10. Floy Joy

    Floy Joy (2013)

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    Floy Joy is the twenty-fifth studio album released by The Supremes on the Motown label. This was the only Supremes album solely produced and arranged by Smokey Robinson and included the U.S. top 20 hit, "Floy Joy" and the U.S. top 40 hit, "Automatically Sunshine", both of which were top 10 hits in the U.K. The album sold around 150,000 copies in the USA.


  11. The Supremes Sing Holland-Dozier-Holland

    The Supremes Sing Holland-Dozier-Holland (2004)

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    The Supremes Sing Holland–Dozier–Holland (issued internationally as The Supremes Sing Motown) is the tenth studio album released by The Supremes for Motown in 1967. It includes the number-one hit singles "You Keep Me Hangin' On" and "Love Is Here and Now You're Gone". As the title states: all songs on the album were written and produced by Motown's main songwriting team of Holland–Dozier–Holland. Most of the album was recorded during the spring and summer of 1966; however several songs date back to the summer of 1964. According to Motown data this LP sold over 1,525,000 copies in the USA alone.


  12. The Supremes A' Go-Go

    The Supremes A' Go-Go (1966)

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    The Supremes A' Go-Go is the ninth studio album released by Motown singing group The Supremes in 1966. The album was the first album by an all-female group to reach number-one on the Billboard 200 album charts in the United States. Remaining on the Billboard album chart for 60 weeks, it sold over 3,275,000 copies in the USA according to Motown data.


  13. Dynamite

    Dynamite (1971)

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    Dynamite is the third and last collaborative album between labelmates The Supremes and The Four Tops, released on the Motown label in 1971. It was as commercially unsuccessful as The Magnificent 7 (1970) and The Return of the Magnificent Seven (1971), peaking at the lower hundreds of the Billboard Top 200, but contained as many good duets as those two discs. The album fared much better on the Billboard R&B charts, peaking at 21.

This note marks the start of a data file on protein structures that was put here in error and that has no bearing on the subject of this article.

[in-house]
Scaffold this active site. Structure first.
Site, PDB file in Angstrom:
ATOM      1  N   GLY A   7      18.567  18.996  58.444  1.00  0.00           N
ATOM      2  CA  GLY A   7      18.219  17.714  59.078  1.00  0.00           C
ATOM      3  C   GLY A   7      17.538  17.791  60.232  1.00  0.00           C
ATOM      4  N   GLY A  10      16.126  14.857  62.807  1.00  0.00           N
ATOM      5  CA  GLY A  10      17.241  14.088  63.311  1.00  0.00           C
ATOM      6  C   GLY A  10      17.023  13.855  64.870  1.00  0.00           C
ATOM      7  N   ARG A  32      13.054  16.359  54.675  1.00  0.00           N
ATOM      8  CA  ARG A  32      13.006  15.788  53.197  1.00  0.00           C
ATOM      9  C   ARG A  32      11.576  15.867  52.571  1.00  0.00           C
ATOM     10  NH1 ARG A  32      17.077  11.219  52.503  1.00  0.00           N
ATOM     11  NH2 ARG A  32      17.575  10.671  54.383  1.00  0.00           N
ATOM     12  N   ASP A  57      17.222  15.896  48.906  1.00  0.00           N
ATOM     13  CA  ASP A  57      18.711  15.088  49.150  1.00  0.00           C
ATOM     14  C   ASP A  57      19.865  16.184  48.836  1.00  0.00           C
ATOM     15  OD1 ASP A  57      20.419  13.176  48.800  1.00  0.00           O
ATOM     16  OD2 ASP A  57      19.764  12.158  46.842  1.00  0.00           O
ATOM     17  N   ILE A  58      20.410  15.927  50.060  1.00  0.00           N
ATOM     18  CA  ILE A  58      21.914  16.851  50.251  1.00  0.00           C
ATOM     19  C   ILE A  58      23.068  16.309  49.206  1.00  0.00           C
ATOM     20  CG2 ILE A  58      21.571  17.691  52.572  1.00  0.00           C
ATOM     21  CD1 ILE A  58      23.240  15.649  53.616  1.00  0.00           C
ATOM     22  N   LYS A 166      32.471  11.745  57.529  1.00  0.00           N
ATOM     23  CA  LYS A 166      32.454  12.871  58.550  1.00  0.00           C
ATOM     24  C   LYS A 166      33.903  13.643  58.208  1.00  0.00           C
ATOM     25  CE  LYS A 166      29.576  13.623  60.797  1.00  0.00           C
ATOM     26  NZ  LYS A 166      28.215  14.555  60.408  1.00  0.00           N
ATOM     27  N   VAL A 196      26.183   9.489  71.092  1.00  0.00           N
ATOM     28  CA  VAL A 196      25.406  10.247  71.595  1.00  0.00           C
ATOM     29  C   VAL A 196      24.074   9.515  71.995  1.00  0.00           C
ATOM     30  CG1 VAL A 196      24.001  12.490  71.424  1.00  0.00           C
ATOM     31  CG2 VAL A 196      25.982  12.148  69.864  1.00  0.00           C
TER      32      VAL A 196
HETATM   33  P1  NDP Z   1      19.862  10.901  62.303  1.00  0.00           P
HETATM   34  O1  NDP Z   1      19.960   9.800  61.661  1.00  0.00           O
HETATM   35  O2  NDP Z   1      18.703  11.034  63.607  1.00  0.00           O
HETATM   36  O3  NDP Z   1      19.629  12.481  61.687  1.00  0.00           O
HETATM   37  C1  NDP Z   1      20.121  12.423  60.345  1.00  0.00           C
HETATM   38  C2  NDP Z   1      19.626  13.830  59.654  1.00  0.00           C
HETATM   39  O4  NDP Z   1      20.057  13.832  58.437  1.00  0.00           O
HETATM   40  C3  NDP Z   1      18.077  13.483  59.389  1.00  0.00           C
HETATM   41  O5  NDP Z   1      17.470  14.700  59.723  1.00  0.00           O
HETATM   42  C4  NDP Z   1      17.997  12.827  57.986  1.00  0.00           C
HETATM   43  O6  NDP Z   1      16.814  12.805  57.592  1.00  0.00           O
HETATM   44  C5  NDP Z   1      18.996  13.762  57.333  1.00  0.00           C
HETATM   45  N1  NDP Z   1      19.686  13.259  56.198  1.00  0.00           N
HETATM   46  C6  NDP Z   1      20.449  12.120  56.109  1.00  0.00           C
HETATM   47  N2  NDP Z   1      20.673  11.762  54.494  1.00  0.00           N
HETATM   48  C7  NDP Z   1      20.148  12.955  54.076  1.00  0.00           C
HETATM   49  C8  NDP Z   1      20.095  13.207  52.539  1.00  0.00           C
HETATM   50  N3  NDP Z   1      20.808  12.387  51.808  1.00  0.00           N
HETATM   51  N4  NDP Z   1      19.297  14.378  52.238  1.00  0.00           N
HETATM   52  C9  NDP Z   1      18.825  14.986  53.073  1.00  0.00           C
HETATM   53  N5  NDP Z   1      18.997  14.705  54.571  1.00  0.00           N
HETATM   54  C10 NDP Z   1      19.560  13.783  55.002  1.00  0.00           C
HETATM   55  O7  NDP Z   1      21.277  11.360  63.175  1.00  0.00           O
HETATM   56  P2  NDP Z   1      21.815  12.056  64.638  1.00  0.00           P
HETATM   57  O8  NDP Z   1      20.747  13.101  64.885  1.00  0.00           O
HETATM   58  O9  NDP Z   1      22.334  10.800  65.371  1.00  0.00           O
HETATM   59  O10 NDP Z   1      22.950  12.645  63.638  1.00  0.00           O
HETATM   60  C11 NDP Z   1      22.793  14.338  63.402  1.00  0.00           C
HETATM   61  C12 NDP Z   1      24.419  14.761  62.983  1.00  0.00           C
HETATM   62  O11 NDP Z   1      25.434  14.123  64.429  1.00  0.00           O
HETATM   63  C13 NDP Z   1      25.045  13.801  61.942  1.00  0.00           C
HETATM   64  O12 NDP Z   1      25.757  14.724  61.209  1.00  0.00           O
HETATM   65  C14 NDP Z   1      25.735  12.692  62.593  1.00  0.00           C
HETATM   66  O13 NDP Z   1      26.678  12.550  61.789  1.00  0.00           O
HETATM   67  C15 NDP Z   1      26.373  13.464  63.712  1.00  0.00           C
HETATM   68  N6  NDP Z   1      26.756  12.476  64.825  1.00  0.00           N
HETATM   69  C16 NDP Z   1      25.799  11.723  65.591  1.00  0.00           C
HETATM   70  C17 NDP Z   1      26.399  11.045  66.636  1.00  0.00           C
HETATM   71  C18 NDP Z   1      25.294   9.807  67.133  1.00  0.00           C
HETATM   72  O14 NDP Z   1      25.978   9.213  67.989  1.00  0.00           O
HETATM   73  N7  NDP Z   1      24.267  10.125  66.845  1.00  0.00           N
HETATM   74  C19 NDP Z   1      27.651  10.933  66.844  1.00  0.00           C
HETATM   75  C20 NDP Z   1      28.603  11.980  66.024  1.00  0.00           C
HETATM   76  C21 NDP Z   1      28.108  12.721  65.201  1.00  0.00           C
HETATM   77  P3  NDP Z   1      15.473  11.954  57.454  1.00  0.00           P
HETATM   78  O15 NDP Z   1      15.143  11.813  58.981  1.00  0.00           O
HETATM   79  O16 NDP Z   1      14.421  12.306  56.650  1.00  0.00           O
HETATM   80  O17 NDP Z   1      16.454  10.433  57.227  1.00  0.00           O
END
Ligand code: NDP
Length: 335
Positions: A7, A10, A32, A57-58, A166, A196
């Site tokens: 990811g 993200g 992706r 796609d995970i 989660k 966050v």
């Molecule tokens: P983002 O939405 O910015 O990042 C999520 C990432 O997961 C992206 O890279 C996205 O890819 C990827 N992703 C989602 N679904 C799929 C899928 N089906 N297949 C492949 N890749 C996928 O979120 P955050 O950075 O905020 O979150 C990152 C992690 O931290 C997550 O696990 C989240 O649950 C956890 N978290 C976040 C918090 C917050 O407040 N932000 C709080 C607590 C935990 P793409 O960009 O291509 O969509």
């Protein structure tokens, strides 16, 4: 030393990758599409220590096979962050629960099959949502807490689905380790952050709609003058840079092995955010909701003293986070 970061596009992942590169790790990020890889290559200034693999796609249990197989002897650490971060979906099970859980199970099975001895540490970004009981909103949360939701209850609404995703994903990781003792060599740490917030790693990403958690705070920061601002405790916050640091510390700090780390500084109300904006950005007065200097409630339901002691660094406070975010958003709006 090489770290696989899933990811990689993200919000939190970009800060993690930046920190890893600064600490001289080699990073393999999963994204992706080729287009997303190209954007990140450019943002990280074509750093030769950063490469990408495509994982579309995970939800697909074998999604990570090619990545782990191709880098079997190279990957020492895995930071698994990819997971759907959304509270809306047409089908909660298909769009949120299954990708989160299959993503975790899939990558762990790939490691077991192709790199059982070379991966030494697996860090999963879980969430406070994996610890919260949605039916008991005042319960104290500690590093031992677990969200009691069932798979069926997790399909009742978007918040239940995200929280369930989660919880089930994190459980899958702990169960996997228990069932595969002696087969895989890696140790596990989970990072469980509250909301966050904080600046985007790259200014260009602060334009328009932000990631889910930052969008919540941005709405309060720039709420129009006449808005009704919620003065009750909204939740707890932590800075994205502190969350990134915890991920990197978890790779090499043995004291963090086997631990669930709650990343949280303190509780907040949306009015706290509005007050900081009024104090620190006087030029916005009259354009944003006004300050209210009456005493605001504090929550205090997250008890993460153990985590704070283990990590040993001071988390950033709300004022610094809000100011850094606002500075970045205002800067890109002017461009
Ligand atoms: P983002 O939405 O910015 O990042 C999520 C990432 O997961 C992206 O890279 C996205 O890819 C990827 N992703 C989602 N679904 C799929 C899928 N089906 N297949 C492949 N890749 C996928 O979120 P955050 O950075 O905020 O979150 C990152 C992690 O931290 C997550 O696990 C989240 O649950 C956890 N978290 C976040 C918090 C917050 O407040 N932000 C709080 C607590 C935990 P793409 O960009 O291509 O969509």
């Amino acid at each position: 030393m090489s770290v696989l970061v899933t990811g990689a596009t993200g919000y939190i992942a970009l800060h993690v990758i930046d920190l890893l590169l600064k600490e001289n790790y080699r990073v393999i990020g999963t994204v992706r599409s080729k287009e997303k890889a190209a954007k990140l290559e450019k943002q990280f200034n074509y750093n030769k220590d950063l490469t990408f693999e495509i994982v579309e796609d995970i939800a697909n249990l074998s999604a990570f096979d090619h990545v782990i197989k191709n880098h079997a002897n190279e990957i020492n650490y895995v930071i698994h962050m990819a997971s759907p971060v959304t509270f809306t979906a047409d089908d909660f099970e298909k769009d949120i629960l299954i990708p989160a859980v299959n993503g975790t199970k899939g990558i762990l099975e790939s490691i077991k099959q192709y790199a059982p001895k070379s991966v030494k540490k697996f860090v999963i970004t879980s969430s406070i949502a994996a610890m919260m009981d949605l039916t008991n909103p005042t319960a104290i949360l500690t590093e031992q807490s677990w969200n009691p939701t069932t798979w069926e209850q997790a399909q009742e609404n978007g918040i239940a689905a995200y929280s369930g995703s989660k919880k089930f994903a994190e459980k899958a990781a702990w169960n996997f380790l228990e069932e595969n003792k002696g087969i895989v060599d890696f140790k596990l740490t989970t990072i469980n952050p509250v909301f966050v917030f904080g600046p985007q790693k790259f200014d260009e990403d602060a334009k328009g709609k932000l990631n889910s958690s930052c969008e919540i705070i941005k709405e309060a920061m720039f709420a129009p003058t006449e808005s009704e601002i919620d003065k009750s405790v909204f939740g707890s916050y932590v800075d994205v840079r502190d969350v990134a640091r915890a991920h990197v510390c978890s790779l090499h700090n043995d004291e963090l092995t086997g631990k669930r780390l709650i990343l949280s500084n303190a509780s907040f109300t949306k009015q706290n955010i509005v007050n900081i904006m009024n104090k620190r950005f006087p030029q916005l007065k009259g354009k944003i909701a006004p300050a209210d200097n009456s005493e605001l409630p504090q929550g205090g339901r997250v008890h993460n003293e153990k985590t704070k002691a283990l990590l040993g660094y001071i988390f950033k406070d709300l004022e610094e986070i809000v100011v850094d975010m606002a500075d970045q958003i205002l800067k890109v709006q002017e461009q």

14. The Supremes

    The Supremes (2013)

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    The Supremes is the twenty-seventh studio album by The Supremes, released in 1975 on Motown Records. According to Motown data it sold around 70,000 copies in the USA.


  15. Love Child

    Love Child (1968)

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    Love Child is the fifteenth studio album released by Diana Ross & the Supremes for the Motown label in 1968. The LP was the group's first studio LP (excepting covers and tribute albums) not to include any songs written or produced by any member of the Holland–Dozier–Holland production team, who had previously overseen most of the Supremes' releases. According to Motown data this album sold over 700,000 copies in the USA.


  16. More Hits By The Supremes

    More Hits By The Supremes (2004)

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    More Hits by The Supremes is the sixth studio album by Motown singing group The Supremes, released in 1965. The album includes two number-one hits: "Stop! In the Name of Love" and "Back in My Arms Again", as well as the Top 20 single "Nothing but Heartaches".